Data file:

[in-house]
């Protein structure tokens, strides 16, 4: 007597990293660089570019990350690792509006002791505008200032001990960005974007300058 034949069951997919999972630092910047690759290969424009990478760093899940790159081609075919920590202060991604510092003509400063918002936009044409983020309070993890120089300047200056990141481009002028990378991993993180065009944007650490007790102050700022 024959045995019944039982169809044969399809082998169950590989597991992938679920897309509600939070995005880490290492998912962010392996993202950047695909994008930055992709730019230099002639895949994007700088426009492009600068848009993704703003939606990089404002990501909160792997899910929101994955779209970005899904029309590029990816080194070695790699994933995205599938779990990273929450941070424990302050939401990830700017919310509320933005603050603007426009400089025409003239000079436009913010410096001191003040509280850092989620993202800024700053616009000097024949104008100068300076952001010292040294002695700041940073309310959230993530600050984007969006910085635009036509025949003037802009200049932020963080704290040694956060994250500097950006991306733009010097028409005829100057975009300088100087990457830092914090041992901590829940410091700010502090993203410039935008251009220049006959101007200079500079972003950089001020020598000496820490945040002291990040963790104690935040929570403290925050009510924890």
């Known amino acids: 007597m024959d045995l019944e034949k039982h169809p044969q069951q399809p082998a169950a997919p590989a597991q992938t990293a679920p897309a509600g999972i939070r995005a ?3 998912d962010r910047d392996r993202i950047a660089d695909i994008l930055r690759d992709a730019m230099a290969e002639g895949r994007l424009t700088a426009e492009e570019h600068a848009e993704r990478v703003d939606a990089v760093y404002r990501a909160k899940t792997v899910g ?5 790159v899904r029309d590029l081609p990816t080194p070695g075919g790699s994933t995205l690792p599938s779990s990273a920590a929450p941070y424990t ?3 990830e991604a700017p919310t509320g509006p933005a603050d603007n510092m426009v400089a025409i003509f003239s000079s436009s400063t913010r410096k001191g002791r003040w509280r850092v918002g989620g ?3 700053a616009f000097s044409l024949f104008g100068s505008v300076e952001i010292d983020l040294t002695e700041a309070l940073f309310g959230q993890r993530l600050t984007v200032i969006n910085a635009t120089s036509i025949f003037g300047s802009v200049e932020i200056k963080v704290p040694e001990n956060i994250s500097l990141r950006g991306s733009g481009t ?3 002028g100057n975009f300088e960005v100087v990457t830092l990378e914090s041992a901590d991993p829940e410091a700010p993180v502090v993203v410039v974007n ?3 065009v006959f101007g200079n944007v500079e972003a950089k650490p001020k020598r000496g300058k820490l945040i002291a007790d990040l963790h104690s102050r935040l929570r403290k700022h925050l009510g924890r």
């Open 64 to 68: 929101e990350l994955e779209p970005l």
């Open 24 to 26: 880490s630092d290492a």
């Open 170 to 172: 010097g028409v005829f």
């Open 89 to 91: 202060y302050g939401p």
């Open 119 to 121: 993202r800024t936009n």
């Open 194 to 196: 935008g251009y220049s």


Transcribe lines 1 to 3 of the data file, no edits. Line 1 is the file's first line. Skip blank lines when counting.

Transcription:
[in-house]
């Protein structure tokens, strides 16, 4: 007597990293660089570019990350690792509006002791505008200032001990960005974007300058 034949069951997919999972630092910047690759290969424009990478760093899940790159081609075919920590202060991604510092003509400063918002936009044409983020309070993890120089300047200056990141481009002028990378991993993180065009944007650490007790102050700022 024959045995019944039982169809044969399809082998169950590989597991992938679920897309509600939070995005880490290492998912962010392996993202950047695909994008930055992709730019230099002639895949994007700088426009492009600068848009993704703003939606990089404002990501909160792997899910929101994955779209970005899904029309590029990816080194070695790699994933995205599938779990990273929450941070424990302050939401990830700017919310509320933005603050603007426009400089025409003239000079436009913010410096001191003040509280850092989620993202800024700053616009000097024949104008100068300076952001010292040294002695700041940073309310959230993530600050984007969006910085635009036509025949003037802009200049932020963080704290040694956060994250500097950006991306733009010097028409005829100057975009300088100087990457830092914090041992901590829940410091700010502090993203410039935008251009220049006959101007200079500079972003950089001020020598000496820490945040002291990040963790104690935040929570403290925050009510924890």
């Known amino acids: 007597m024959d045995l019944e034949k039982h169809p044969q069951q399809p082998a169950a997919p590989a597991q992938t990293a679920p897309a509600g999972i939070r995005a ?3 998912d962010r910047d392996r993202i950047a660089d695909i994008l930055r690759d992709a730019m230099a290969e002639g895949r994007l424009t700088a426009e492009e570019h600068a848009e993704r990478v703003d939606a990089v760093y404002r990501a909160k899940t792997v899910g ?5 790159v899904r029309d590029l081609p990816t080194p070695g075919g790699s994933t995205l690792p599938s779990s990273a920590a929450p941070y424990t ?3 990830e991604a700017p919310t509320g509006p933005a603050d603007n510092m426009v400089a025409i003509f003239s000079s436009s400063t913010r410096k001191g002791r003040w509280r850092v918002g989620g ?3 700053a616009f000097s044409l024949f104008g100068s505008v300076e952001i010292d983020l040294t002695e700041a309070l940073f309310g959230q993890r993530l600050t984007v200032i969006n910085a635009t120089s036509i025949f003037g300047s802009v200049e932020i200056k963080v704290p040694e001990n956060i994250s500097l990141r950006g991306s733009g481009t ?3 002028g100057n975009f300088e960005v100087v990457t830092l990378e914090s041992a901590d991993p829940e410091a700010p993180v502090v993203v410039v974007n ?3 065009v006959f101007g200079n944007v500079e972003a950089k650490p001020k020598r000496g300058k820490l945040i002291a007790d990040l963790h104690s102050r935040l929570r403290k700022h925050l009510g924890r």